I have a couple of questions. How do half a dozen cables get so entirely messed up just sitting quietly underneath a desk?? Turns out in the time it took me to type that first question, I’ve forgotten the other one. It’ll come to me.
There’s another thing that’s been on my mind a lot lately – nuts. It all seemed to start after I got back from my road trip to San Francisco. Maybe it was the macarons I ate there that got me started. Perhaps it was something else entirely. All I know is that my life was suddenly overrun with nuts. Or at least an awful lot of thoughts about nuts. Once I embarked on the Friday Night Dinners, my nut-filled dreams started to materialize in my kitchen. I trawled though cook books for ingenious nut ideas. I went out searching for just the right nuts. Pine nuts, almonds, walnuts, peanuts, more almonds, pistachios, more pine nuts, and yet more almonds. Nuts. I’ve toasted them, chopped them, ground them, flaked them, and even burnt a few. Except no one likes burnt nuts. That’s the third time I’ve typed that in 2 months. I maintain it is absolutely true.
I’ve been saving the best nuts for last, though. For Independence Day, the day when I celebrate freedom from various nutty things in my past, I promised myself my favorite nuts of all time. People, I give you, hazelnuts.
Way back when, in London – and Australia but that’s another story – I was a professional Chocolatier. As well as being up to my elbows in liquid chocolate every day, I used to roast hazelnuts – by hand over an open flame. We were artisans, you know. None of this store-bought pre-roasted debauchery. I’d pile the nuts into a round metal drum and snap shut the little flap on top. The drum then sat on a metal stand which straddled an open flame, and it had a wooden handle at one end. I would sit on a stool and slowly turn that dented, flame-scorched drum by hand until those hazels were a deep, even, golden brown right the way through; and by jove those were the best tasting nuts I have ever had the pleasure of popping into my mouth. Then we’d drench them in dark, glistening chocolate. Oh, yes.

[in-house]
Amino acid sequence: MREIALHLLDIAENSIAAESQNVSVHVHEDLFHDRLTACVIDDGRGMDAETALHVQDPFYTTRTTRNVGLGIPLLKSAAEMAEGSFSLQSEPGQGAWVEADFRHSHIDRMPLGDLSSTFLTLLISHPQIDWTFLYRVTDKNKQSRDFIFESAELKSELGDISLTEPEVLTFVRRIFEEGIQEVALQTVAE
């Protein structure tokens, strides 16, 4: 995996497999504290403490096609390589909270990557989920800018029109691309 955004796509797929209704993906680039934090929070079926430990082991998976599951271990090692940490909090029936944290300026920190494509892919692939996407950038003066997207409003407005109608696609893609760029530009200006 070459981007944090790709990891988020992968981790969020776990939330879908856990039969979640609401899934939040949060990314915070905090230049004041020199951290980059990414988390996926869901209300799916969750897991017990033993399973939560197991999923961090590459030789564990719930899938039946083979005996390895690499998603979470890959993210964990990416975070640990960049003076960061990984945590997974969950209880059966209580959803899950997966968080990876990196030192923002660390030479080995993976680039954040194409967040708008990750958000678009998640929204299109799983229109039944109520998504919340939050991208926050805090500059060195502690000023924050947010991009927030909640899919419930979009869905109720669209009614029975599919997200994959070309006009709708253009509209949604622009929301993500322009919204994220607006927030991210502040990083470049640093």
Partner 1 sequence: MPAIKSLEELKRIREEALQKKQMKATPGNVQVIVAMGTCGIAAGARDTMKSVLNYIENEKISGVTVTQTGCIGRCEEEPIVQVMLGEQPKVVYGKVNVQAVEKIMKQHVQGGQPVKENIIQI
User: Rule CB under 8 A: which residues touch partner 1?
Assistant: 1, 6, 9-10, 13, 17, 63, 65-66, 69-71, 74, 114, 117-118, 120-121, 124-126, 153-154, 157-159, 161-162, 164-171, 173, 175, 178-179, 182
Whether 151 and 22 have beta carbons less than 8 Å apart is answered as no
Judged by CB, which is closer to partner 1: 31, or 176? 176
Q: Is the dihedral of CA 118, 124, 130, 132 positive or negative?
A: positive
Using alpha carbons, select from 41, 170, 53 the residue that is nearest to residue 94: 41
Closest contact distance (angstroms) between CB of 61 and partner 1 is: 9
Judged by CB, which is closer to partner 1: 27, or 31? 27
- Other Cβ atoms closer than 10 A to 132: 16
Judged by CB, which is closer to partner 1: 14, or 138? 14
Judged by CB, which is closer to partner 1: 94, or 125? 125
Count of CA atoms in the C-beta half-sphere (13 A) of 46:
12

My Independence Day salad required some toasted hazelnuts. Sadly, my nut roasting episode last Wednesday wasn’t nearly as winsome or romantic as in times past. It started well. I poured the nuts onto a baking tray and slid them under a hot broiler (grill). I know better than to stray very far from roasting nuts, so I hovered close by, segmenting oranges and licking the deliciously dripping orange juice from my fingers when I’d finished. I peeked into the oven and they were done! That’s when the fun started. These nuts would just not play the game. The game where you roll them in a clean tea cloth and the skins magically slide off. There was no skin sliding afoot in my kitchen. Well, ok, maybe a little bit, here and there. So I rubbed harder. Nope. I resolutely tipped them onto the baking tray and shoved them back under the broiler. Not hot enough? I’d see about that. Minutes later, still no skin sliding. One last blast of heat made me face the bitter truth: I’m clearly out of practice. I rubbed some more, made minimal progress and then had to admit defeat. I chopped them, remaining skins and all. The result? They didn’t look as handsome, but they still tasted mighty fine. Hopefully you won’t have to work so hard to get those skins to just slide right off.
I tossed my favorite nuts into a salad that wound up nestled next to some crisp, juicy KFC and a Summer Pear Slaw. The dressing couldn’t be simpler or *SANEr. I recommend you tear the frisee into smaller pieces than it shows in the pictures. Turns out it’s a bit tricky to eat if you leave it in big pieces. In this particular case, small is beautiful; and easier to get your mouth around.
The nuts totally made this dish for me. If I’m honest though, nuts do it for me every time.
- 1 Frisee lettuce (also called curly endive)
- 1 red pepper
- 4 large oranges
- 2 oz hazelnuts
- ¾ cup Greek non-fat yogurt
- Salt and pepper
- Tear the frisee into small pieces and place in a large bowl.
- De-seed the red pepper and slice into very thin rings. Cut each ring into 1 inch pieces. Add to the frisee.
- Remove all the peel and pith from 3 oranges and segment them.** Add the orange segments to the frisee.
- Finely grate the rind from the 4th orange over the frisee.
- Juice the 4th orange into a small bowl and whisk in the yogurt, salt and pepper.
- Toast the hazelnuts under a hot broiler & remove the skins.***
- Once the nuts have cooled, chop them roughly.
- Toss the frisee and other vegetables with the dressing.
- Turn into a serving dish and sprinkle the chopped nuts over the top.
*SANE™, SANEity, and SANEr– terms used in Jonathan Bailor’s book, The Smarter Science of Slim.